Utilizing state-of-the-art technique, “how’d they do that” camera moves, and lighting nighttime scenes to increase their intensity tenfold, it could have been easy for the movie to become all about this trickery but thankfully everyone involved doesn’t let the technology overshadow the story.  Mendes helps this along with the casting of Chapman and especially MacKay as the young men on a mission who risk their lives to get their message into the right hands.  Chapman’s bravado at the outset hides the fear of arriving too late to save his brother while the more world-weary MacKay has his eyes further opened as he encounters civilians and other troops along the way.  The two aren’t totally familiar faces to audiences and that works to the advantage of the immediacy and “anything can happen” created by their mission.  The inclusion of more known names/faces such as Mark Strong (Shazam!), Andrew Scott (Victor Frankenstein), Richard Madden (Rocketman), Colin Firth (Magic in the Moonlight), and Benedict Cumberbatch (Dr. Seuss’ The Grinch) could be seen as a distraction but all play their roles succinctly without much preening for the camera.

This is really a boffo film that knocked my socks off.  I’m not usually so enamored of movies about the war but there’s something in the humanity on display from Mendes and Wilson-Cairns that moved me on a whole other level.  Aside from the jaw-dropping filming from Deakins that is truly incredible (if he doesn’t win the Oscar this year, I’d be stunned) there is rarely a frame that feels out of place or extraneous.  While some war movies can drag on and be a punishing sit, 1917 uses its running time wisely by never letting the characters (or the audience) rest too much.  As I watched the film I became conscious that I was holding my breath for a few reasons.  First off, the tension created was so spot-on and could only be achieved by a filmmaker who knows what he’s doing.  The second is that I didn’t want this spell to be broken and for Mendes and his team to make a misstep.  Thankfully, I believe Mendes achieved the mission he set out for and 1917 is one of the very best movies of the year.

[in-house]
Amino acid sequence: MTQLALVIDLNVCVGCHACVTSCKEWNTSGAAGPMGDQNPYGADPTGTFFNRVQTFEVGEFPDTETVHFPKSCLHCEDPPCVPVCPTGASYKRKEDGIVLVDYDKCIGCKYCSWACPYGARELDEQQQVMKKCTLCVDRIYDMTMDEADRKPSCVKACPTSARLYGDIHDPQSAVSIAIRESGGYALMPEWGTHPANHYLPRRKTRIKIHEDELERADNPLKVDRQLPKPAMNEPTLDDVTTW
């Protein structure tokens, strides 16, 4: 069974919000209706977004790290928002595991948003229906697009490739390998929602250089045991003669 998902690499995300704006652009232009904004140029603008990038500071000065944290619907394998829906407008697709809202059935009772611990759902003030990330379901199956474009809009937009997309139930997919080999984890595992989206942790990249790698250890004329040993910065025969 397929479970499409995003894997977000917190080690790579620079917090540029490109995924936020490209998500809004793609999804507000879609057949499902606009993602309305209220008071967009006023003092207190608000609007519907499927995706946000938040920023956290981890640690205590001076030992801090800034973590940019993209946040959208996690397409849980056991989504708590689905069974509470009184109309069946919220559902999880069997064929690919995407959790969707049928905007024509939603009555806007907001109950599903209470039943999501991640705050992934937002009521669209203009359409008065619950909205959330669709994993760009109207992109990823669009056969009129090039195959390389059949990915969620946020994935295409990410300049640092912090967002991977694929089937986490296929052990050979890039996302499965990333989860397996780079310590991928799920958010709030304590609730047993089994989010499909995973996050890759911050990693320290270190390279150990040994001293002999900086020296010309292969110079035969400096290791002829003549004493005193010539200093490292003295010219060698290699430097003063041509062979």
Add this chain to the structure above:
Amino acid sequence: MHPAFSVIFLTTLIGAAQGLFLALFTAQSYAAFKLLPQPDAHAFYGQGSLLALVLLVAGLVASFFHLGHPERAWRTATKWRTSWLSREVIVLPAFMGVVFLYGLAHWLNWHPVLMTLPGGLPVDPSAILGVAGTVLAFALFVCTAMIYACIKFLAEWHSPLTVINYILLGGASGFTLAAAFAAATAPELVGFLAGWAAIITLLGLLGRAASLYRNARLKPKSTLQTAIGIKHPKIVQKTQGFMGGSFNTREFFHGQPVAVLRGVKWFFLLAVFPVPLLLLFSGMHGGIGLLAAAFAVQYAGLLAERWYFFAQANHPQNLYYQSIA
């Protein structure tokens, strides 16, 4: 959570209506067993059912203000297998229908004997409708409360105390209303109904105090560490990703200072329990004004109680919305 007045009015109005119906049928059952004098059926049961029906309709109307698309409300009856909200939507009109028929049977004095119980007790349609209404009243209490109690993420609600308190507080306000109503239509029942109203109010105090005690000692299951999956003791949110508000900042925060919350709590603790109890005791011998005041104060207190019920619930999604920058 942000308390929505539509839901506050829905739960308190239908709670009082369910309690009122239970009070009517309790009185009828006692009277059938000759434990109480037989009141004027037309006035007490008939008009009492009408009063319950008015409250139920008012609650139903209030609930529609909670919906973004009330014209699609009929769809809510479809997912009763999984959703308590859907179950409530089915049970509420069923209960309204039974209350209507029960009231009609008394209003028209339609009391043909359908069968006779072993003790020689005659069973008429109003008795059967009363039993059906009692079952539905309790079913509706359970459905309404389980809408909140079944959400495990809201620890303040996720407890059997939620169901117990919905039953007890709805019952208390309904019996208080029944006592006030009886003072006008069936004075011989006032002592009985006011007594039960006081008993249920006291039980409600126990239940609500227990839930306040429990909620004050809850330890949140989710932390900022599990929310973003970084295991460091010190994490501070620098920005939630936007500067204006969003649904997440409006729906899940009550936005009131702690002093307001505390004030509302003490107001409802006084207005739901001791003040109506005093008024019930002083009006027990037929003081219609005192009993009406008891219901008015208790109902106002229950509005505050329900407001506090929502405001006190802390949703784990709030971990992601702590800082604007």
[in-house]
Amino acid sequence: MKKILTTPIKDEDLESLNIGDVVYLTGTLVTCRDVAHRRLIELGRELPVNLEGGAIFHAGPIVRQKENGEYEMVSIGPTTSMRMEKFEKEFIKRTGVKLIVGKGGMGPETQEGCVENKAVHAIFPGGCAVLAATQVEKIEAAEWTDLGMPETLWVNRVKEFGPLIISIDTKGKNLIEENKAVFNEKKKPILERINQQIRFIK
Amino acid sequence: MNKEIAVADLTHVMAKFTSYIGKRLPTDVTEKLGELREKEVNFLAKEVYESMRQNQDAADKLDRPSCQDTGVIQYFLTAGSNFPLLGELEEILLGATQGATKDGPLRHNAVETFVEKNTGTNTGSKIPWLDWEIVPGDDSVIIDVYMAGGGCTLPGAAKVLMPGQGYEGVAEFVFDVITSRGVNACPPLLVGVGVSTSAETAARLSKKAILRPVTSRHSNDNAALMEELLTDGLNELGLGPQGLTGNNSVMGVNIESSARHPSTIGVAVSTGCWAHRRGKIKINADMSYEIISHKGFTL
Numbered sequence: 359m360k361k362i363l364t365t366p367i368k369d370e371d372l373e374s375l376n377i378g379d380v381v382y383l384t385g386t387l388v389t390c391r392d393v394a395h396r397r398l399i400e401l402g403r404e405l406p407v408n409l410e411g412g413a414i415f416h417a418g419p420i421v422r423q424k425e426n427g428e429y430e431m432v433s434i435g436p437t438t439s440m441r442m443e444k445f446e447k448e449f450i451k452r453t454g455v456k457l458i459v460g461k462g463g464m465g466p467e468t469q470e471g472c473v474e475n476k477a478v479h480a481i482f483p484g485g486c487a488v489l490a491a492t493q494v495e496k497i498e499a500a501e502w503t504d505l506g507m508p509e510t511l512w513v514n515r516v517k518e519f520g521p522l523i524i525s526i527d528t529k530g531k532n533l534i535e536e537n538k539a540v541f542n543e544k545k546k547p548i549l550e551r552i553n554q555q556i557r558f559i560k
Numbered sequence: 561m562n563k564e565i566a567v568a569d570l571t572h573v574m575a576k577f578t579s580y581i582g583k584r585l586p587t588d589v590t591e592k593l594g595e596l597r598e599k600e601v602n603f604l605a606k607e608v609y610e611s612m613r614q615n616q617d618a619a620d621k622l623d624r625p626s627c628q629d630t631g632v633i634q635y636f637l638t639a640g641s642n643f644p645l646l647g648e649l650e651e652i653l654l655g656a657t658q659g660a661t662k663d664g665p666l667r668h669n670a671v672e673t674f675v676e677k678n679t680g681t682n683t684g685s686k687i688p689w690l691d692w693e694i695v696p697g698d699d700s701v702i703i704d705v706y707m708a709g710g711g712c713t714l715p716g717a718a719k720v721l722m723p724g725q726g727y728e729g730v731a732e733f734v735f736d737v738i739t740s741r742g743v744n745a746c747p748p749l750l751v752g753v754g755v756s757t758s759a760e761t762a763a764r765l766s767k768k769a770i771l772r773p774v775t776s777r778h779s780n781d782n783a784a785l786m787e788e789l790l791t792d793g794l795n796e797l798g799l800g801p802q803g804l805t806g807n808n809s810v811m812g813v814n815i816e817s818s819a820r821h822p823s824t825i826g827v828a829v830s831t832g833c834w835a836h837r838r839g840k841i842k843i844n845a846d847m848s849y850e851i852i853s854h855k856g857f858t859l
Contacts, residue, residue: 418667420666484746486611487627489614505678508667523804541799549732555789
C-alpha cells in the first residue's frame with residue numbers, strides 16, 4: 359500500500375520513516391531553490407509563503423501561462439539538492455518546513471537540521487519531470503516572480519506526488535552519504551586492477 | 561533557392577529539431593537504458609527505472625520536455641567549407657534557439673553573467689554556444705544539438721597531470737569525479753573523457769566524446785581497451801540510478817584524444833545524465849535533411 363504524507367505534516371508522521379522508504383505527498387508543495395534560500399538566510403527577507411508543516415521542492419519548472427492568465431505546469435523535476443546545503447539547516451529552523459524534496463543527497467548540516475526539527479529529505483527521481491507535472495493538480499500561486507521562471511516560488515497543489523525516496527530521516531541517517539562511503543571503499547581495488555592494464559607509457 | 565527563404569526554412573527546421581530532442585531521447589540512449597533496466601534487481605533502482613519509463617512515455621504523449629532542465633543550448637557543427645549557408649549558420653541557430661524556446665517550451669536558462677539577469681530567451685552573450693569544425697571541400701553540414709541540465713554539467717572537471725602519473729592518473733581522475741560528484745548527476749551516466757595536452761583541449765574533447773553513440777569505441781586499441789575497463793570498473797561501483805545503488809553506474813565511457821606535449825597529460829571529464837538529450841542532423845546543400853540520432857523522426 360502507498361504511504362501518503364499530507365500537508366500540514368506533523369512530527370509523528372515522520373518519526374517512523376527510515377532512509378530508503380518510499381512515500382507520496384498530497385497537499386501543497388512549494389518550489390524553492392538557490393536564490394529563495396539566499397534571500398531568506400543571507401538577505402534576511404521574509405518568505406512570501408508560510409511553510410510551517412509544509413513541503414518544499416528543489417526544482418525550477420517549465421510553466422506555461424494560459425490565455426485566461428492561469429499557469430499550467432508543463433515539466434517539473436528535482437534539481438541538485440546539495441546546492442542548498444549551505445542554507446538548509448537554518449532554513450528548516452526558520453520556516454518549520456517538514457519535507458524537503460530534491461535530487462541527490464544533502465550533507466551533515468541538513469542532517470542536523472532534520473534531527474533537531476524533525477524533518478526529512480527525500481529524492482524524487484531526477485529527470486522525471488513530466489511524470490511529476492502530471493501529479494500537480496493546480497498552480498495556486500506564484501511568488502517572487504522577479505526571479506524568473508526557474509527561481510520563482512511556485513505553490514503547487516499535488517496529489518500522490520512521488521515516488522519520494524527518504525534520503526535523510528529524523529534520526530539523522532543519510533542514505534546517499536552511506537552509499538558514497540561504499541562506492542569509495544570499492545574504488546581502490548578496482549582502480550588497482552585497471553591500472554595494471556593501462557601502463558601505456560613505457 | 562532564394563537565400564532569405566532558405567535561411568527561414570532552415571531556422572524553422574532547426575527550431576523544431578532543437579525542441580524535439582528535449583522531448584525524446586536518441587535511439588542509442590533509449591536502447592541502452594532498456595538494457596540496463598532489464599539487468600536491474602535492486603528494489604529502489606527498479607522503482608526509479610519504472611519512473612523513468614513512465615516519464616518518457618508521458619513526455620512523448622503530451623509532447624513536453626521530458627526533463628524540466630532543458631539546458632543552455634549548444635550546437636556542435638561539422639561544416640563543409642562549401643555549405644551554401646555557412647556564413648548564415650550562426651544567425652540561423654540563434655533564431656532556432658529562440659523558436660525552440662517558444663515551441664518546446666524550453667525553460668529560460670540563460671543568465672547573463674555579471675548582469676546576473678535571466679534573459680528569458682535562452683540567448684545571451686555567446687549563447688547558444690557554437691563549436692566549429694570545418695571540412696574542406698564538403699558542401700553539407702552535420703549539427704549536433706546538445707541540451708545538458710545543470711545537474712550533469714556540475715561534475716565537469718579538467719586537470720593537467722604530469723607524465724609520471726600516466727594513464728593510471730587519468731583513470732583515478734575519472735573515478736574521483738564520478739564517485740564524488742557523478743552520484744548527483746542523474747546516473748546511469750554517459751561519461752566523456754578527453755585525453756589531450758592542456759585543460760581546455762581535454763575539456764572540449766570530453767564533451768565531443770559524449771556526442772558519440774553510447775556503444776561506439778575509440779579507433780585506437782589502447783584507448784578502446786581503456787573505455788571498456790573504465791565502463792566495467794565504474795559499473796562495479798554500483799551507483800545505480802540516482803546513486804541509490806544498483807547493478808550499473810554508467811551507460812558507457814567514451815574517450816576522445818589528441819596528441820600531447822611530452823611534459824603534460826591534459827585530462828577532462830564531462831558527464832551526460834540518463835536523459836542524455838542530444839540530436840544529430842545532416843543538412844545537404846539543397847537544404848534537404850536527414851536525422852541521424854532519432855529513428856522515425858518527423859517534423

The Silver Bullet ~ 1917



Synopsis
: Two young British soldiers during the First World War, are given an impossible mission: deliver a message, deep in enemy territory, that will stop their own men, and Blake’s own brother, from walking straight into a deadly trap.

Release Date:  December 25, 2019

Thoughts: Every year around this time it becomes pretty clear who the Oscar front runners are and the pundits start to put their ballots together with ballpoint pen.  There’s always those last slots they keep open, though, for the movies that don’t screen until very late in the season and that’s where a movie like 1917 will play a big factor.  Last time I checked, no one had seen this World War I film from Oscar-winning director Sam Mendes (Skyfall) yet and that’s fairly unheard of in mid-November.  That creates a bit of an electric excitement because there’s hope this could be a game changer and knock a few sure things off their paths to Oscar gold.  Paired again with the legendary cinematographer Roger Deakins (who finally won an Academy Award for Blade Runner 2049) and supposedly shot to look like it was filmed in one continuous take, Mendes appears to have something fairly mighty on his hands and history buffs are hoping 1917 can succeed where another anticipated war film like 2017’s Dunkirk couldn’t and snag some top prizes come year end.

The Silver Bullet ~ Spectre

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Synopsis: A cryptic message from Bond’s past sends him on a trail to uncover a sinister organization. While M battles political forces to keep the secret service alive, Bond peels back the layers of deceit to reveal the terrible truth behind SPECTRE

Release Date: November 6, 2015

Thoughts: First things first…if you haven’t seen 2012’s Skyfall yet I’d suggest not watching this teaser for the next installment in the James Bond franchise. Not that it gives a lot away, but I found more than a few references to the previous film that may spoil a few of the more intriguing wrinkles the 23rd 007 introduced. For Bond’s 24th outing, director Sam Mendes and star Daniel Craig (Casino Royale) are hoping to capture that same lightning in a bottle that made Skyfall so very, very entertaining. From the looks of it, they’re headed down a similar path to success…because this is a wonderful tease at what audiences can expect come November. As a huge Bond fan (check out Bond-ed for Life), I’m anxiously awaiting this one.

Bond-ed for Life – Skyfall

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The Facts: